• “While swords are talismans of chivalry, and pride in the legacy of the ancestors who might have passed them down,

  • they also embody violence.

  • In Laurence Sterne’s Tristram Shandy, swords are at once emblems of honor and a comment on the contradictory nature of the ‘sentimental soldier. ’”

  • This is an assertion of commonly-held views of swords and works to set up the complex part of the claim. However, this is not the complex content. Try again.

  • While this complicates the student’s depiction of the sword and further sets up the complex content, this does not constitute the complex content. Try again.

  • Correct. This part of the claim is complex because it cannot be resolved by referring to a single textual element and requires further academic inquiry. The student asks us to revisit the text to evaluate the nature of the sentimental soldier, and how something which symbolizes both chivalry and violence plays into Sterne’s depiction of the sentimental man.

Exercise 4: Revise This Claim To Make It Complex

Now, you will work on revising a claim to make it complex. In the following examples, you will decide which pieces need to be added to an existing claim to make it complex.

In your class, you have just read Flannery O’Connor’s short story “A Good Man Is Hard To Find.” Classroom discussions have focused on the violence of the story’s shocking ending. You have been given an assignment that asks you to explore the use of violence in the story. Here is the prompt:

“What is the purpose of violence in Flannery O’Connor’s story, ‘A Good Man Is Hard to Find’?”

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You write the following claim:

“In Flannery O’Connor’s short story, ‘A Good Man Is Hard to Find,’ the violence helps the reader understand the major themes of the story.”

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You realize that your claim needs to be revised to make it more complex, and after brainstorming, you decide that you want to focus on O’Connor’s treatment of morality in the context of violence. Here are some of the elements you can choose from to make your claim more complex. Which element would you choose?

  • The relationship between the characters’ violence and their clearly established moral codes.

  • The point in the story when the grandmother tells the Misfit to pray, so that “Jesus [will] help you.”

  • The Misfit’s discussion with the grandmother about whether Jesus could really raise the dead.

  • Correct. Exploring the relationship between O’Connor’s use of violence and her characters’ relationship to clear-cut moral codes is a way of opening up an argument and building a claim that would require readers to return to the text to think further about it. Here’s what that claim might look like:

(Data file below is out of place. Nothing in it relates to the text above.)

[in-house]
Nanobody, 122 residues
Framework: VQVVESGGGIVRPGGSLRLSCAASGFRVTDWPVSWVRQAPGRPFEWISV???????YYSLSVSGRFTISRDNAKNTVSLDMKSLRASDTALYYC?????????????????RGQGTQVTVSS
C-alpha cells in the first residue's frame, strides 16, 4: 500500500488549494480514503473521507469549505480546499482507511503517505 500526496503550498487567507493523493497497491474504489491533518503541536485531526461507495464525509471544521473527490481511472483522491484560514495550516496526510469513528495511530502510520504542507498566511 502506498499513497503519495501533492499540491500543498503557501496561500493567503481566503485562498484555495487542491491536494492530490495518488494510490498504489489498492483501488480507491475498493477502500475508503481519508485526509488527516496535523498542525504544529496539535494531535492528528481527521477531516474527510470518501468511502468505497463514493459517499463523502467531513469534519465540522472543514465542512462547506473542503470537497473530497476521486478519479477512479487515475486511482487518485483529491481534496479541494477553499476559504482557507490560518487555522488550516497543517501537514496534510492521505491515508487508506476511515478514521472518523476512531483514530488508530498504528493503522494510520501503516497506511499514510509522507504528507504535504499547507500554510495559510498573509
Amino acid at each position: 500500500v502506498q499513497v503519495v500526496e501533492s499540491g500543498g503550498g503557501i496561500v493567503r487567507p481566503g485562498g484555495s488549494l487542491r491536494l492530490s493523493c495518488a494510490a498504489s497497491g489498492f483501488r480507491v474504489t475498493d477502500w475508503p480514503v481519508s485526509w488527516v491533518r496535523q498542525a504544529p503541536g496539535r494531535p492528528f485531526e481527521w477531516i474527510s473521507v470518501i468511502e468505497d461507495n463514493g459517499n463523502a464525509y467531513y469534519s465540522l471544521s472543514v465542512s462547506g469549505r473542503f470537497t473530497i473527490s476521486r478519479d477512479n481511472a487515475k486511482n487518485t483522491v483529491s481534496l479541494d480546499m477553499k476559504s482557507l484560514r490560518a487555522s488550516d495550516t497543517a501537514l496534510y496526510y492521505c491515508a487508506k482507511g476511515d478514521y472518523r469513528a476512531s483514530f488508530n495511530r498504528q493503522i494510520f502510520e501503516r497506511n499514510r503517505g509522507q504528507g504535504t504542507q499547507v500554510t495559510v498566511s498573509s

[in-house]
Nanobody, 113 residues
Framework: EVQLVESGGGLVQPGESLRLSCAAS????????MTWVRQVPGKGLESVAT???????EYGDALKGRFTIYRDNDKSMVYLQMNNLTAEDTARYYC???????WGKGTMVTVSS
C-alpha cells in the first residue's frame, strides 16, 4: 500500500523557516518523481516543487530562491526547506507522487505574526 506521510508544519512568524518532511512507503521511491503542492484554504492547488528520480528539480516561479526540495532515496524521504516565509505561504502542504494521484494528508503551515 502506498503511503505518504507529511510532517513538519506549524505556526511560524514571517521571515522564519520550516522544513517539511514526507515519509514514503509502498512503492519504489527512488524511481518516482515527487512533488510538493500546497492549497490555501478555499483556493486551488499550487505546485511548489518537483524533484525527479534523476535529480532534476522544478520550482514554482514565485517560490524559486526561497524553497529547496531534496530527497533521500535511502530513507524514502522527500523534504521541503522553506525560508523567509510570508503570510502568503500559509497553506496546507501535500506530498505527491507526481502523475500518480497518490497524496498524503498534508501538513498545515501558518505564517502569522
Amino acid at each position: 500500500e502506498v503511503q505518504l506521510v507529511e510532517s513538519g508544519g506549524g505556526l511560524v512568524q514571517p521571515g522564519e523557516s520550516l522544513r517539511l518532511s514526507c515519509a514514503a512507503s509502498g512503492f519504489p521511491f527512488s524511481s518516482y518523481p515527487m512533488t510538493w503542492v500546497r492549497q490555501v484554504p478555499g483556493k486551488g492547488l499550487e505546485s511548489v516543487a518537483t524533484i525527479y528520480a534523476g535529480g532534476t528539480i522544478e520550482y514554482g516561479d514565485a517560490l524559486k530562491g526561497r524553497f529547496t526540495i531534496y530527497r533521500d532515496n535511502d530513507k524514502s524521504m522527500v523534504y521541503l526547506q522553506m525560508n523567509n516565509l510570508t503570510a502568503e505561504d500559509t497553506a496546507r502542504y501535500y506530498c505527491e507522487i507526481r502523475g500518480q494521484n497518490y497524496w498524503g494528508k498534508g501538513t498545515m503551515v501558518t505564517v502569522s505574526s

In Flannery O’Connor’s short story, “A Good Man Is Hard To Find,” the deployment of deadly violence corresponds directly to moral clarity and helps the characters understand how to live in their world.

    Of course there are many ways in which you could use this complex element to build a claim. This is just one example.

  • Sorry. Including more detail from the plot will not automatically make your claim complex. Avoid retelling the story of the literary work you are discussing in your claim. Try again.

  • Sorry. Including more detail from the plot will not automatically make your claim complex. Avoid retelling the story of the literary work you are discussing in your claim. Try again.

Exercise 4: Revise This Claim To Make It Complex

Now, you will work on revising a claim to make it complex. In the following examples, you will decide which pieces need to be added to an existing claim to make it complex.

In your class, you have just read Flannery O’Connor’s short story “A Good Man Is Hard To Find.” Classroom discussions have focused on the violence of the story’s shocking ending. You have been given an assignment that asks you to explore the use of violence in the story. Here is the prompt:

“What is the purpose of violence in Flannery O’Connor’s story, ‘A Good Man Is Hard to Find’?”

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A friend of yours is thinking along the same lines and also wants to write about violence and morality, but your friend wants to focus on gender. Which of these pieces would you advise your friend to use?

  • The Grandmother’s apparent recognition of the Misfit as one of her own children at the end of the story.

  • The relationship between the bloody, “masculine” violence of the Misfit, which readers recognize as masculine, and the Grandmother’s “feminine” passive-aggression.

  • The fact that the title of the story ‘A Good Man Is Hard To Find’ draws readers’ attention to gender because it contains the word “man.”

  • Sorry. Including more detail from the plot will not automatically make your claim complex. Avoid retelling the story of the literary work you are discussing in your claim. Try again.

  • Correct. By looking at the relationship between deadly violence directly employed by a pathologically aggressive male character and the insidious, but arguably equally harmful, brutality of a matriarchal character, you can hope to tell your readers something interesting about how O’Connor uses violence in her story. Examining this complex aspect of the text allows you to make a claim that cannot be answered by a simple “yes” or “no,” but instead requires the reader to consider your evidence carefully in order to evaluate the strength of your argument.

    Here’s what that claim might look like:

    “In her short story "A Good Man Is Hard To Find," Flannery O’Connor unpacks the different ways that violent men and women deploy brutality in order to explore how social expectations guide the extent to which characters can manifest violence or leave it latent.”

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    Of course there are many ways in which you could use this complex element to build a claim. This is just one example.

  • Sorry. Without connecting it to larger issues in the text that readers might have a conversation about, an observation about a local issue, such as a particular word in the title, will not make your claim more complex. Try again.